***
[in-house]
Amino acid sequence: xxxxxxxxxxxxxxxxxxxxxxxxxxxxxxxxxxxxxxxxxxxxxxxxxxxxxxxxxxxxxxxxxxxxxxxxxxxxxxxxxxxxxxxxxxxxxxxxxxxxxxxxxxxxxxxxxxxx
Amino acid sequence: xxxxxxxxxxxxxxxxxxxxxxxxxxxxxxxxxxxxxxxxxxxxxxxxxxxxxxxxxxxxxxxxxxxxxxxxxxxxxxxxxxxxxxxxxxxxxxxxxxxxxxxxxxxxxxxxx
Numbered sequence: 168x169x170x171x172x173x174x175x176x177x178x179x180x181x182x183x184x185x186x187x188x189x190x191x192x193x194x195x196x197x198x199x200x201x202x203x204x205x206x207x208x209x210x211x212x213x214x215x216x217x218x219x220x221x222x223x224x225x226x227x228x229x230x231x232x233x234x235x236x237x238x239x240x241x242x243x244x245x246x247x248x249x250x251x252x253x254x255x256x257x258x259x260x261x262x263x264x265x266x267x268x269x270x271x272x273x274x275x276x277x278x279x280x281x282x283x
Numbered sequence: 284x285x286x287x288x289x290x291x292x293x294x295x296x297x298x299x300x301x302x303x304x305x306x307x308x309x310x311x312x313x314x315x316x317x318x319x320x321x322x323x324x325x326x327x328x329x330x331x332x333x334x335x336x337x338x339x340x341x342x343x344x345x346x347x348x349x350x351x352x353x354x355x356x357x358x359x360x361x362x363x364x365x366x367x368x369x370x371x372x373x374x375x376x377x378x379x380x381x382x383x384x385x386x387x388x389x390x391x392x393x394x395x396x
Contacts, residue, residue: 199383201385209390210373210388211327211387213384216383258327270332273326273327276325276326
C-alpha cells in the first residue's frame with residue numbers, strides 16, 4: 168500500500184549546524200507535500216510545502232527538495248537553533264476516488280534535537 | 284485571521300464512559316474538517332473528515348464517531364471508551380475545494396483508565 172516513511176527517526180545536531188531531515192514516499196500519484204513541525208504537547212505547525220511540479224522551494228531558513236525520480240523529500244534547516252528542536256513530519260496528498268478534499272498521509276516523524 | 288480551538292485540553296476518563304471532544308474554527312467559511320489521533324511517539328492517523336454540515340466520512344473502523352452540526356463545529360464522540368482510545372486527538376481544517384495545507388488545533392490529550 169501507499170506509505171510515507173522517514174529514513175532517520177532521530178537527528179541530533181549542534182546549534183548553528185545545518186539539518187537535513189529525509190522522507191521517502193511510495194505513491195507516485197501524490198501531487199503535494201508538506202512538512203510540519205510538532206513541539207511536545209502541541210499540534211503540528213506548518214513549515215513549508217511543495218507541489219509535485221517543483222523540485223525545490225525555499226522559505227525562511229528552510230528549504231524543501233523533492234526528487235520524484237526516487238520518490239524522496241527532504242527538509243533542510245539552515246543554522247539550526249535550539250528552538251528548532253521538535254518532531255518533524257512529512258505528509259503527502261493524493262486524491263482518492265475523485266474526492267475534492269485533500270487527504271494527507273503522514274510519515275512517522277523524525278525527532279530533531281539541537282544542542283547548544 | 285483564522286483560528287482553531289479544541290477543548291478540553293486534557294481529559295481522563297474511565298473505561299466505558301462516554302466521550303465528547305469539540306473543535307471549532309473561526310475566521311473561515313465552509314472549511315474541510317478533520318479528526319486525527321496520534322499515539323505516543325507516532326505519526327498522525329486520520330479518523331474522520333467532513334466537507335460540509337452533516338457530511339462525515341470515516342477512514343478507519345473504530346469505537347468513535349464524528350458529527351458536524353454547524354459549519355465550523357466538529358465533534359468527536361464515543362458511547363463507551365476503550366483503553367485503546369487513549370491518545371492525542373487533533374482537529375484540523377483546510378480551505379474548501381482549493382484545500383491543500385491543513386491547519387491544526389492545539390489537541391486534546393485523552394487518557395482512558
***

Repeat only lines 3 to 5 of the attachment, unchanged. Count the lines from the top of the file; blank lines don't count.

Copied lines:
Amino acid sequence: xxxxxxxxxxxxxxxxxxxxxxxxxxxxxxxxxxxxxxxxxxxxxxxxxxxxxxxxxxxxxxxxxxxxxxxxxxxxxxxxxxxxxxxxxxxxxxxxxxxxxxxxxxxxxxxxx
Numbered sequence: 168x169x170x171x172x173x174x175x176x177x178x179x180x181x182x183x184x185x186x187x188x189x190x191x192x193x194x195x196x197x198x199x200x201x202x203x204x205x206x207x208x209x210x211x212x213x214x215x216x217x218x219x220x221x222x223x224x225x226x227x228x229x230x231x232x233x234x235x236x237x238x239x240x241x242x243x244x245x246x247x248x249x250x251x252x253x254x255x256x257x258x259x260x261x262x263x264x265x266x267x268x269x270x271x272x273x274x275x276x277x278x279x280x281x282x283x
Numbered sequence: 284x285x286x287x288x289x290x291x292x293x294x295x296x297x298x299x300x301x302x303x304x305x306x307x308x309x310x311x312x313x314x315x316x317x318x319x320x321x322x323x324x325x326x327x328x329x330x331x332x333x334x335x336x337x338x339x340x341x342x343x344x345x346x347x348x349x350x351x352x353x354x355x356x357x358x359x360x361x362x363x364x365x366x367x368x369x370x371x372x373x374x375x376x377x378x379x380x381x382x383x384x385x386x387x388x389x390x391x392x393x394x395x396x